National uncertainty over local authority funding is putting Sheffield's future finances at risk, according to council bosses.
The city council has been trying to cope with annual cuts to central funding since the Coalition Government came into power in 2010.
Sheffield has known for some time that it will lose the pot of money known as the revenue support grant by 2020.
The funding has been gradually dropping year by year. But the Government had proposed to offset the loss of the grant by allowing councils such as Sheffield to keep all the tax they collect from businesses through a new Local Government Finance Bill.
Currently the council gets to keep 49 per cent of business rates, and that makes up about a quarter of the money used to fund city services.
The hope was that by keeping the remaining 51 per cent, the budget gap in Sheffield would not be as harmful as it could otherwise have been.
But a report to Wednesday's cabinet meeting warned councillors that the removal of the Local Government Finance Bill from the Queen's Speech following the General Election has cast doubt on whether or not Sheffield will get to keep all its business rates by 2020.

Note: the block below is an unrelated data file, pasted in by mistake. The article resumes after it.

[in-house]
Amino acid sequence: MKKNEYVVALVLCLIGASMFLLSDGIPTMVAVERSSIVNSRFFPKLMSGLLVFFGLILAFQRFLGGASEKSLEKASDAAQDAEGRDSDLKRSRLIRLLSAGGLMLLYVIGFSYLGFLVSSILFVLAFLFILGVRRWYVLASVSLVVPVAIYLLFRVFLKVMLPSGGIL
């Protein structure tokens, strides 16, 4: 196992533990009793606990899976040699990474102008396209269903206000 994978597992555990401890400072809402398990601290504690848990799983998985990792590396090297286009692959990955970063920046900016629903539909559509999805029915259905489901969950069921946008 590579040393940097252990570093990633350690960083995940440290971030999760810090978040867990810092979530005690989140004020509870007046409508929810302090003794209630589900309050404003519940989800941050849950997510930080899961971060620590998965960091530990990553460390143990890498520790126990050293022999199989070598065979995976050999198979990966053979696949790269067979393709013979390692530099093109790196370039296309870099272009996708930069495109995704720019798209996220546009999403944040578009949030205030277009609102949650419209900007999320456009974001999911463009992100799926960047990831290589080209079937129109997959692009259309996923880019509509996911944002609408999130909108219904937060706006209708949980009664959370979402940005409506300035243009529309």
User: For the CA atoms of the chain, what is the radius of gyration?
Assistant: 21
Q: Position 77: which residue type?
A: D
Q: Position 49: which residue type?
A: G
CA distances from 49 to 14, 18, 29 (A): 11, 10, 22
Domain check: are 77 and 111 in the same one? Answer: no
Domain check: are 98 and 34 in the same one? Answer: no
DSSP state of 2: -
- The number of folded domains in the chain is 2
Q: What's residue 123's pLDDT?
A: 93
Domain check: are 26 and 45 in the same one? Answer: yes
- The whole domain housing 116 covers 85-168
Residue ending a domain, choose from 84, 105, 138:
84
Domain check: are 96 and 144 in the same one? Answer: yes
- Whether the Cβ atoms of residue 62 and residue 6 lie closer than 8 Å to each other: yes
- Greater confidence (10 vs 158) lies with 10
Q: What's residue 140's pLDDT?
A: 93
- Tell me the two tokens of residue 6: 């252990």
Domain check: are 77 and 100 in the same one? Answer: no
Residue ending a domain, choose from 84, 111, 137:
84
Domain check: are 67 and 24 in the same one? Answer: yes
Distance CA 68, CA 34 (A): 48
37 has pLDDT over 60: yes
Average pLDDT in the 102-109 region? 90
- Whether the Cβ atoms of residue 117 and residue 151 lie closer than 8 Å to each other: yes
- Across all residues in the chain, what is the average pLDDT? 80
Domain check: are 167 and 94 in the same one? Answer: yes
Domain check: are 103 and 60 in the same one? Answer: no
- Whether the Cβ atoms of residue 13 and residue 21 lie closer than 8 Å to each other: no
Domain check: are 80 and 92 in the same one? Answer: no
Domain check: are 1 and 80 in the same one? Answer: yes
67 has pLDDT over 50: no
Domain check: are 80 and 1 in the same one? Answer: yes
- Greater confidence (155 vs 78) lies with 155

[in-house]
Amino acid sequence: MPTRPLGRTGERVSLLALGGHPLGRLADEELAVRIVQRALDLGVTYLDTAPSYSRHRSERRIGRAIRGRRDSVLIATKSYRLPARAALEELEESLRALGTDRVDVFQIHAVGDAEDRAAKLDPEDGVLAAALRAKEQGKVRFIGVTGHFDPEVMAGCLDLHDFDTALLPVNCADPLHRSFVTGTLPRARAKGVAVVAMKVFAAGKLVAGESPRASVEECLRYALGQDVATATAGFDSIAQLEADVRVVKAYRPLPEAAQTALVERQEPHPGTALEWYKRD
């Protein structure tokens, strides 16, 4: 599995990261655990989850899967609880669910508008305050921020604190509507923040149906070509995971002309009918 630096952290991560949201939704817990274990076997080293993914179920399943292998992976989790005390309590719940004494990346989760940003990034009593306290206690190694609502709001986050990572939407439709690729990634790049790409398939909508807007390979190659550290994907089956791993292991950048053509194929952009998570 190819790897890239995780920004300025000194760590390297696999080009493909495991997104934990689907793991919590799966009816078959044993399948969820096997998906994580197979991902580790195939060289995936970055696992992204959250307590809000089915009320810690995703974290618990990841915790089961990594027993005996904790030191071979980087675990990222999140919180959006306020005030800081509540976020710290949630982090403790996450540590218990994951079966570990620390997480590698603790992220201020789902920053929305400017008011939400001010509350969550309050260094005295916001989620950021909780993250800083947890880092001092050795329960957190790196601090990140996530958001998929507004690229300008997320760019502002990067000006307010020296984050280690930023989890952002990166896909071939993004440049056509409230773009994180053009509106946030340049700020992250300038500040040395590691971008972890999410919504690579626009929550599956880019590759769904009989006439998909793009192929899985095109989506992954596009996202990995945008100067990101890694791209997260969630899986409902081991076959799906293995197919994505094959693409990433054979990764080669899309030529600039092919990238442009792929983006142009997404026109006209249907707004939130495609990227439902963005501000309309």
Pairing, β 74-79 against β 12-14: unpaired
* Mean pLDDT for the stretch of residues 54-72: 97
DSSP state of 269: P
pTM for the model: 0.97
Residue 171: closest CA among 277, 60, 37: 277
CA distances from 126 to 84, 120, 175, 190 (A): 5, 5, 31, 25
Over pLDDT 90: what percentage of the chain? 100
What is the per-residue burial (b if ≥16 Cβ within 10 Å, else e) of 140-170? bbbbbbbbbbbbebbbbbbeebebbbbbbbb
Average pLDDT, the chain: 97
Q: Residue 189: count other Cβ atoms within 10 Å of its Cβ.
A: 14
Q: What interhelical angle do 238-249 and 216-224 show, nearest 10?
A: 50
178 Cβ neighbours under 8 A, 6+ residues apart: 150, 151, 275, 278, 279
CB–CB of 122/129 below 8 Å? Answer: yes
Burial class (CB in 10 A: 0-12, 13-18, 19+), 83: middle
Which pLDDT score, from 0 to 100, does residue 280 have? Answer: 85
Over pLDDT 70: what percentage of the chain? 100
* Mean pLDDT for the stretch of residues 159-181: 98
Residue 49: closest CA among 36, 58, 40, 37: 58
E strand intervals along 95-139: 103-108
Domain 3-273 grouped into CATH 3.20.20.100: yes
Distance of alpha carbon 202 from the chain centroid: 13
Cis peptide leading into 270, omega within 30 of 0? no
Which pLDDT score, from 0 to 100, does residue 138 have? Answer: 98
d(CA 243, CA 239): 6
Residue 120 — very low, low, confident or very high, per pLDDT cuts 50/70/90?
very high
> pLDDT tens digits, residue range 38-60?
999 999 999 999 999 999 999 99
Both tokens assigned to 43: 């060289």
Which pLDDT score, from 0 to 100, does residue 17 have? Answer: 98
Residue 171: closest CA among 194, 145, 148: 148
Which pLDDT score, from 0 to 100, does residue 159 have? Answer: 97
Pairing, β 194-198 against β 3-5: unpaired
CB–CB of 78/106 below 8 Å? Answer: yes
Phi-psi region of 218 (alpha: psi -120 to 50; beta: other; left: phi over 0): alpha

Head of strategic finance Dave Phillips told councillors there was a lot of uncertainty ahead.
"There have been no policy announcements on what's happening or potential alternatives," he said.
Since 2013/14, the council says it has lost £125 million of revenue support grant funding. In 2013/14 Sheffield got £192.5 million from the Government, while this year it will get £67.8 million.
Total grant reductions since 2010 - from 19 different sources - stand at £200m.
The council has assumed in its financial planning that there will be no further revenue support grant beyond 2020 - although Mr Phillips said assumptions were 'dangerous', and also warned of further changes should there be another General Election.
But councillors were told that increasing demand for services combined with declining budgets were creating 'significant challenges'.
"As time goes on it gets harder and harder to find ways to continue to meet service pressures," said Mr Philips.
There was some good news for adult social care, which will receive a £24 million boost in funding over the next three years.
Cabinet yesterday approved a plan to spend £9.8 million of the government cash to boost the pay of carers, £5.9 million on bed-blocking and the transfer delays from hospital to care environments and £8.3 million to support services under 'significant pressure', including mental health and services for people with learning disabilities.